“The more we honor cultural differences in eating, the healthier we will be.” — Michael Pollan
These words of author and journalist Michael Pollan have been at the core of the work at Oldways — a food and nutrition nonprofit helping people live healthier, happier lives through cultural food traditions. Over the last 30 years, our work at Oldways has centered on inspiring individuals and organizations to embrace the healthy, sustainable joys of the “old ways” of eating — heritage-based diets high in taste, nourishment, sustainability and joy.
Heritage can mean anything that is important or special that gets passed down from generation to generation, so that it’s not lost. It’s what we’re given before anything else. It shapes our lives, our experiences and our identities. It’s why we cherish old photos, test our DNA and travel to distant homelands. It’s why we need to explore, learn about and embrace cultural food traditions — both our own and those of others — in order to understand history and heritage.
What Are Cultural Food Traditions?
Where it relates to food, heritage has potential we sometimes overlook. The traditional food of our ancestors may make a guest appearance at a holiday or birthday, but for daily nourishment, we’ve come to favor modern eating habits over cultural ones. At Oldways, we encourage you to bring cultural food traditions to your everyday table.
Because we are a land of immigrants, and because one size doesn’t fit all, over the years, Oldways has introduced five cultural models for healthy eating: Mediterranean, Asian, Latin American, Vegetarian/Vegan and African Heritage Pyramids. We worked with nutrition scientists, public health experts and culinary historians to learn about the foods that play prevalent roles in heritage diets. They are the old ways of food.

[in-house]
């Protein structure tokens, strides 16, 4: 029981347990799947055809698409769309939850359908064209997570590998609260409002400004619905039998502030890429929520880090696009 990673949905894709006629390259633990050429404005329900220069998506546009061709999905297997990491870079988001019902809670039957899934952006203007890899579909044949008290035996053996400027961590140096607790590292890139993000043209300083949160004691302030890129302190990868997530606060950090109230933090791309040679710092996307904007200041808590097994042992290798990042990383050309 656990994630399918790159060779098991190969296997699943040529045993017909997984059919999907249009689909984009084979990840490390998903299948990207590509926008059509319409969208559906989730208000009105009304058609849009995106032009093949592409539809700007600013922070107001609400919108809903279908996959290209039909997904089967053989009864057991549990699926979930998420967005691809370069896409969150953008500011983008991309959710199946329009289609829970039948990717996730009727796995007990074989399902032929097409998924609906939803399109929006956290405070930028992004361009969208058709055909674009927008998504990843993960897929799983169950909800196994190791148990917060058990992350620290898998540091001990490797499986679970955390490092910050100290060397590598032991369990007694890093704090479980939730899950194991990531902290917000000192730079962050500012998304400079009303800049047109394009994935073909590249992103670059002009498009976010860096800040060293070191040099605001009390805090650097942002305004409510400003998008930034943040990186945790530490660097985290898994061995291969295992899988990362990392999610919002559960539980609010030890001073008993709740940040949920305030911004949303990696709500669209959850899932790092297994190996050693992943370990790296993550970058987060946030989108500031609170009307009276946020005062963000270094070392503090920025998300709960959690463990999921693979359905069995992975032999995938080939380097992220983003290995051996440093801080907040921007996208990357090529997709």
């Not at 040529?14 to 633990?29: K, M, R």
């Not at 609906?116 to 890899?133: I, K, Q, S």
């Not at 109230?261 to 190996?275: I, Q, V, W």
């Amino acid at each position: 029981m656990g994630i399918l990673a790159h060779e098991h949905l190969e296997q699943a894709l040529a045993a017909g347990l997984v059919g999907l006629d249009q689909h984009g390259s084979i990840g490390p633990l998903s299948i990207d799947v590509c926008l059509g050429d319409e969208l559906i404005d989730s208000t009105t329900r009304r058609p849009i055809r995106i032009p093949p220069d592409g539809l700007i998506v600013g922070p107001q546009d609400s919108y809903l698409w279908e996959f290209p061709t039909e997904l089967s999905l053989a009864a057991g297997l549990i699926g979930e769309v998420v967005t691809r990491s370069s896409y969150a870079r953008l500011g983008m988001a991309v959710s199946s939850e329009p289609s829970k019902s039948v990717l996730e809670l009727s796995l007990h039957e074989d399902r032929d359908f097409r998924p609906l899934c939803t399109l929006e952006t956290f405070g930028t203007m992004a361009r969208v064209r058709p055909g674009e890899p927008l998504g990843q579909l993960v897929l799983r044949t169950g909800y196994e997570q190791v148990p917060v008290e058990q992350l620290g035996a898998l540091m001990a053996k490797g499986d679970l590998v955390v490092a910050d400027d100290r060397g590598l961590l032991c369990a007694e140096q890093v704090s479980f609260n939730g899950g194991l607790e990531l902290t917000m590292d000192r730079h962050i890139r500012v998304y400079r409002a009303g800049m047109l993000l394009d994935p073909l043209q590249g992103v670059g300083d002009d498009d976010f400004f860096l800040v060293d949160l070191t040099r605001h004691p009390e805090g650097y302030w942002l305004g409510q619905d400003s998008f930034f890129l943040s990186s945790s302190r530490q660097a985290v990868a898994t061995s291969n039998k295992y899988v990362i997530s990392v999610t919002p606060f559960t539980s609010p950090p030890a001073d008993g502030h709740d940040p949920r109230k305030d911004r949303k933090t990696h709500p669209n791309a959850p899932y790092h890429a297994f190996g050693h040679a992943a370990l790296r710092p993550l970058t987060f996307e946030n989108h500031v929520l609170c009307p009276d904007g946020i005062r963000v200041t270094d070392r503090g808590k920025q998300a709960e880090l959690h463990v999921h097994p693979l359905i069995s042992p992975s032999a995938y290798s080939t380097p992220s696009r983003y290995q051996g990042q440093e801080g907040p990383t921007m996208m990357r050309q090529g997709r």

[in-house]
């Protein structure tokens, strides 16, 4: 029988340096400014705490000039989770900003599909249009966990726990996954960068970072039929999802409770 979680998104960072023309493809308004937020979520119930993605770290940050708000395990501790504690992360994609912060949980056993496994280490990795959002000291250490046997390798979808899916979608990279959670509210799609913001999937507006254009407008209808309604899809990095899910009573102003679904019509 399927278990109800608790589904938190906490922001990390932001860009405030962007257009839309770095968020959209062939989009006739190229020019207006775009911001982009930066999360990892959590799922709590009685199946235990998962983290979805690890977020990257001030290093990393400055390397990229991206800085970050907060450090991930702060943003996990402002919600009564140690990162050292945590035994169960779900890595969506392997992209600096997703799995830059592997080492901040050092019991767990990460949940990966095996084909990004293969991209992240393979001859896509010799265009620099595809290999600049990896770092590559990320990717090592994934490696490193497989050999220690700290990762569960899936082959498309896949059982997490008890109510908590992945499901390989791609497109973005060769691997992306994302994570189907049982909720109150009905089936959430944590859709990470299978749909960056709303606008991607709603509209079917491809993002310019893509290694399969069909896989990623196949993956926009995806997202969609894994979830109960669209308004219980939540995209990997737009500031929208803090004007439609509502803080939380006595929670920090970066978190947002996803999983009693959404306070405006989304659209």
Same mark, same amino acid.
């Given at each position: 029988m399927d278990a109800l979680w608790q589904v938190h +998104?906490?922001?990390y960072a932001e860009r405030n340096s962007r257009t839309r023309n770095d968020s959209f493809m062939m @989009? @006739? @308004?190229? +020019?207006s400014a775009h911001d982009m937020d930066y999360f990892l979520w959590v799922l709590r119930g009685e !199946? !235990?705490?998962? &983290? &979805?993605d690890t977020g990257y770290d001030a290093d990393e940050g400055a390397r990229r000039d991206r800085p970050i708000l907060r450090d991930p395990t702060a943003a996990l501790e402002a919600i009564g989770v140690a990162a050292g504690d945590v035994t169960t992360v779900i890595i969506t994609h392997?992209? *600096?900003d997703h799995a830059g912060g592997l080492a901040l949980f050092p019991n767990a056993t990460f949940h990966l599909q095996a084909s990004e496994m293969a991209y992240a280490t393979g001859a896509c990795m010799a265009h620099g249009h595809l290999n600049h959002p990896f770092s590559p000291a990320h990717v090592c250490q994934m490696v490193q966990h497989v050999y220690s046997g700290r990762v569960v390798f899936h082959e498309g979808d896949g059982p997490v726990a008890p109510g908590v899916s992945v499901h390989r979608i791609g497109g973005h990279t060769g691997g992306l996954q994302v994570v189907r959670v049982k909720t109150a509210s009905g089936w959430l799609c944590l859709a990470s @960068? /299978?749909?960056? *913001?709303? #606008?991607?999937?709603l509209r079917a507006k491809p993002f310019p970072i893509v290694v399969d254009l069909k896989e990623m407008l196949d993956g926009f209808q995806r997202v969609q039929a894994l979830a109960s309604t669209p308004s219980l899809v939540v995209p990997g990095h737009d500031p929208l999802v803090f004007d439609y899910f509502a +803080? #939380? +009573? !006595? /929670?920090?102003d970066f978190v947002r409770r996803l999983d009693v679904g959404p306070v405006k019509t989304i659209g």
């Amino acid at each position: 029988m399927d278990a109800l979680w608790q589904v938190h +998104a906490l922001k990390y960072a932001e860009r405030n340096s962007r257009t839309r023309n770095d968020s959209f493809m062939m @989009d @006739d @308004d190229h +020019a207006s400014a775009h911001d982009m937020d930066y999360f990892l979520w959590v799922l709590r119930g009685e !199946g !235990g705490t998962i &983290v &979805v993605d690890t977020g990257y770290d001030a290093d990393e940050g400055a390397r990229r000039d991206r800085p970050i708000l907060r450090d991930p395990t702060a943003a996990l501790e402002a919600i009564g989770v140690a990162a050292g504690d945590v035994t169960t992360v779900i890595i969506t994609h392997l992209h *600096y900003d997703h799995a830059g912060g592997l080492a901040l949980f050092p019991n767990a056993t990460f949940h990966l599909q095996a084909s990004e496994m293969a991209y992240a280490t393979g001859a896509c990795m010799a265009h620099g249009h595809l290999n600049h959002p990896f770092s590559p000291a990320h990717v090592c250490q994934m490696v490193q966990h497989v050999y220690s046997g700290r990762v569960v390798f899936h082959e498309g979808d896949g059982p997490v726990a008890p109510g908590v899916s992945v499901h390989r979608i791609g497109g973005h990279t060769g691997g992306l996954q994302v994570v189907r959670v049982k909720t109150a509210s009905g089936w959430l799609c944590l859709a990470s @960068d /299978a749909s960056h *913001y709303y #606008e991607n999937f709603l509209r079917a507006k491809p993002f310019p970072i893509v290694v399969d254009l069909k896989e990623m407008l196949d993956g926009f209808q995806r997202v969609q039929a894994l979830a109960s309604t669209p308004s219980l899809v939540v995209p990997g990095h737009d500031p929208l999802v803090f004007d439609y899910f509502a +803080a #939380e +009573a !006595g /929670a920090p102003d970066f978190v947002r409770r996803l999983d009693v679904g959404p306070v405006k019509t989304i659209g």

Food pyramids are an extremely useful tool for visualizing total diet at a glance. Foods depicted at the base of each Heritage Pyramid are the foods to base meals on. Interestingly enough, healthy foods are prominent in heritage diets.
These cultural models for healthy eating are both similar and different. The pattern is similar — many plant foods (vegetables, fruit, whole grains, nuts, seeds, legumes, beans, healthy oils, herbs and spices), with lesser amounts of seafood, fish, dairy products, poultry, red meat and sweets. What’s different are the actual fruits, vegetables, grains, oils and herbs and spices used to create healthy, delicious meals reflecting each of the cultures.
You need only to think of rice and beans to understand the similarities and differences. Rice and beans is a global dish that differs from country to country and region to region. These dishes are also similar because they are made from ingredients that are affordable, and they originate from the local land.
Examples of rice and bean dishes include:
— Dal and basmati rice in India.
— Jollof rice with black-eyed peas in West Africa.
— Coconut rice and peas in Jamaica.
— Rice with azuki beans in Japan.
— Rice with black beans and corn in Mexico.
— Hoppin’ John in South Carolina’s Low Country.
What Food Can Teach Us
Food is a window into our history. It shows the movement of people and food across time and place. Here are just a few examples that reveal the intricate ways food and history are forever connected:
The Columbian Food Exchange
The Columbian Food Exchange, named so in 1972 by University of Texas professor Alfred Crosby, was the exchange of crops, animals, diseases, ideas and foods between the New World (the Americas) and the Old World (Europe, Africa, Asia) following the voyages of explorers, conquerors and traders. Returning to the Old World, they brought plants native to the Americas (the New World) such as corn, potatoes, tomatoes, peanuts, squash, cacao, chili peppers and tobacco, along with valuable gems and minerals. Explorers and traders in turn brought to the New World apples, bananas, grapes, cattle (beef), chicken, chickpeas and garlic, among others. They also brought diseases.
The exchange of these foods and animals had an enormous impact on the eating patterns of peoples around the world. Elizabeth Lambert Ortiz wrote in her book “The Food of Spain and Portugal:” “It cannot be emphasized too strongly that the importing of foods by Spain and Portugal from the Americas was the single most significant development in cuisine in the 16 th and 17 th centuries.” The culinary impact wasn’t just felt in Spain, Portugal and other European countries. The New World foods also traveled with traders to Asia, making the impacts truly global.